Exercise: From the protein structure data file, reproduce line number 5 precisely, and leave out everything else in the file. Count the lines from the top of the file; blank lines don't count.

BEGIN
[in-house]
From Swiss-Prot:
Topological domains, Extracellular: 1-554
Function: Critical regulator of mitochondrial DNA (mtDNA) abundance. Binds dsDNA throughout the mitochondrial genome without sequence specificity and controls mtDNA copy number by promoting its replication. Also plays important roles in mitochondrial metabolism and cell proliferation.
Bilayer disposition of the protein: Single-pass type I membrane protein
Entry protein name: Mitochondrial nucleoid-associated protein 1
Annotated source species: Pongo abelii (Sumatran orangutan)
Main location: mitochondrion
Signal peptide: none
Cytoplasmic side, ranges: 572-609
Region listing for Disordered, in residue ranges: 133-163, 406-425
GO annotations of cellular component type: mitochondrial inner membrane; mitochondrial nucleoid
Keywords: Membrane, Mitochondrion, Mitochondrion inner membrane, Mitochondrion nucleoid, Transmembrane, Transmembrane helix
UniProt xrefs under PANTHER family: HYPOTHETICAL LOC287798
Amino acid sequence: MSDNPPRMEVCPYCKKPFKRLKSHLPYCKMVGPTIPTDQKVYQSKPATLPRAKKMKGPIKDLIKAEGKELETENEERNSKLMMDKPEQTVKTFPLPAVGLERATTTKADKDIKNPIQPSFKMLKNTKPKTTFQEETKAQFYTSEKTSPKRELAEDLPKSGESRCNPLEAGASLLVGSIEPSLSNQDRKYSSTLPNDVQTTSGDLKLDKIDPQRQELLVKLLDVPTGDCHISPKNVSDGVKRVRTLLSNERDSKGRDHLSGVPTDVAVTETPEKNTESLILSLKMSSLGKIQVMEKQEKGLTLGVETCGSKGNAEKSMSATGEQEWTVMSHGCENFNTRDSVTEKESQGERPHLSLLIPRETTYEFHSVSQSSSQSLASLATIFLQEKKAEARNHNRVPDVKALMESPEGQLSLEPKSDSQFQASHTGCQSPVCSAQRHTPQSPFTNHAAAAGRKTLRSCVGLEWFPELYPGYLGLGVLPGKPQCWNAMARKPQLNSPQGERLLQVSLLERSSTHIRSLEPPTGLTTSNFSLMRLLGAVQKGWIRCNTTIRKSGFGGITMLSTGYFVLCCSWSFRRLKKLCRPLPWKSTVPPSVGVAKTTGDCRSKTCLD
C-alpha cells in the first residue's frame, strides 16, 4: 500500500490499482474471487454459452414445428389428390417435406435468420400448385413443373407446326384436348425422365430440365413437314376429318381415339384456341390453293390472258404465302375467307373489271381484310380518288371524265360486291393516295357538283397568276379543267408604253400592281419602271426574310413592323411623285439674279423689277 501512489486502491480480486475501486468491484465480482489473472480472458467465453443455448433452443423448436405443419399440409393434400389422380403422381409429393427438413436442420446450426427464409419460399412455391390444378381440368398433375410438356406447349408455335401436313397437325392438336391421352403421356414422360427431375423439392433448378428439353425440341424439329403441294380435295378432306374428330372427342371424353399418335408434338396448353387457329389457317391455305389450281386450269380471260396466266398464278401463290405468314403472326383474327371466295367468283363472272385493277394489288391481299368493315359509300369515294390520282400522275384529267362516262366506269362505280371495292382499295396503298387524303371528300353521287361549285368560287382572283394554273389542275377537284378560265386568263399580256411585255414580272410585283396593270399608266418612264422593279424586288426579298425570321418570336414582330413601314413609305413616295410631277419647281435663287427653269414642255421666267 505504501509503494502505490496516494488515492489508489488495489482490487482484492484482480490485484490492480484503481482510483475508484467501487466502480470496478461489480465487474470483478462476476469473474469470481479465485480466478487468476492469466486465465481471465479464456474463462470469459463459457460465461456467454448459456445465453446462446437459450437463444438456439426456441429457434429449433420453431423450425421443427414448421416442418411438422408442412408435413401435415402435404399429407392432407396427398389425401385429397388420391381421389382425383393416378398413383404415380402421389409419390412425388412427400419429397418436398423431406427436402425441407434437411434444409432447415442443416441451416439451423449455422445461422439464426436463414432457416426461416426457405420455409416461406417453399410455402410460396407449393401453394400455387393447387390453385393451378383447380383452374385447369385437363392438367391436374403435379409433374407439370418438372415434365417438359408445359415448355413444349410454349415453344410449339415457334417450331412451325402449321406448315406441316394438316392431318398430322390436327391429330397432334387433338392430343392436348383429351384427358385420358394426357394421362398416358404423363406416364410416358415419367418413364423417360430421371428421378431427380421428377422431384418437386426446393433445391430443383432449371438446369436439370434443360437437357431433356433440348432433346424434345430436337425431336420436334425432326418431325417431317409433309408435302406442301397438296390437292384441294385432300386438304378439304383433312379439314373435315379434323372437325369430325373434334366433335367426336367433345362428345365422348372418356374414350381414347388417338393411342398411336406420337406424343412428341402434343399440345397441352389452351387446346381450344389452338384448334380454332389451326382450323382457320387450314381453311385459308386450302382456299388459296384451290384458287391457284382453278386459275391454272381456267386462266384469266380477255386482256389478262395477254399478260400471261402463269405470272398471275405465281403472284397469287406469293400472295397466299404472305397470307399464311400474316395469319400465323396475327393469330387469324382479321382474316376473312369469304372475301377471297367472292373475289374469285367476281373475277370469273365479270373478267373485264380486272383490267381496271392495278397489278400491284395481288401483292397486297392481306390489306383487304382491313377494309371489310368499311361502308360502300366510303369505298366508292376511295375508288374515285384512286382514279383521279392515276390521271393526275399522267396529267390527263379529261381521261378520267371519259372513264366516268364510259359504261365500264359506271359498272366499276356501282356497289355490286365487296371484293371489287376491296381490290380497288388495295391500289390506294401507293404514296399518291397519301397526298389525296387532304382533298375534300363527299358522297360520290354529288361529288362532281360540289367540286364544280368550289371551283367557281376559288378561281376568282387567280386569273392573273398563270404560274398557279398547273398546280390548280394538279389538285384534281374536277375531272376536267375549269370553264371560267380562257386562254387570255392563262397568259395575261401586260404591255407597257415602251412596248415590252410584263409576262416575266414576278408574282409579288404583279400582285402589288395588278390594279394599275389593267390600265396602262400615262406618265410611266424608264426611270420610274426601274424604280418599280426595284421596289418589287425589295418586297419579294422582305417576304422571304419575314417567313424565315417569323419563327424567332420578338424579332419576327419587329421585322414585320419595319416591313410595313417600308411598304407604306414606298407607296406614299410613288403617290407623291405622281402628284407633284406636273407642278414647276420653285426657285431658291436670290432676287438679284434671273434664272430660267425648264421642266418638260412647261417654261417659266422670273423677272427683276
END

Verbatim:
Bilayer disposition of the protein: Single-pass type I membrane protein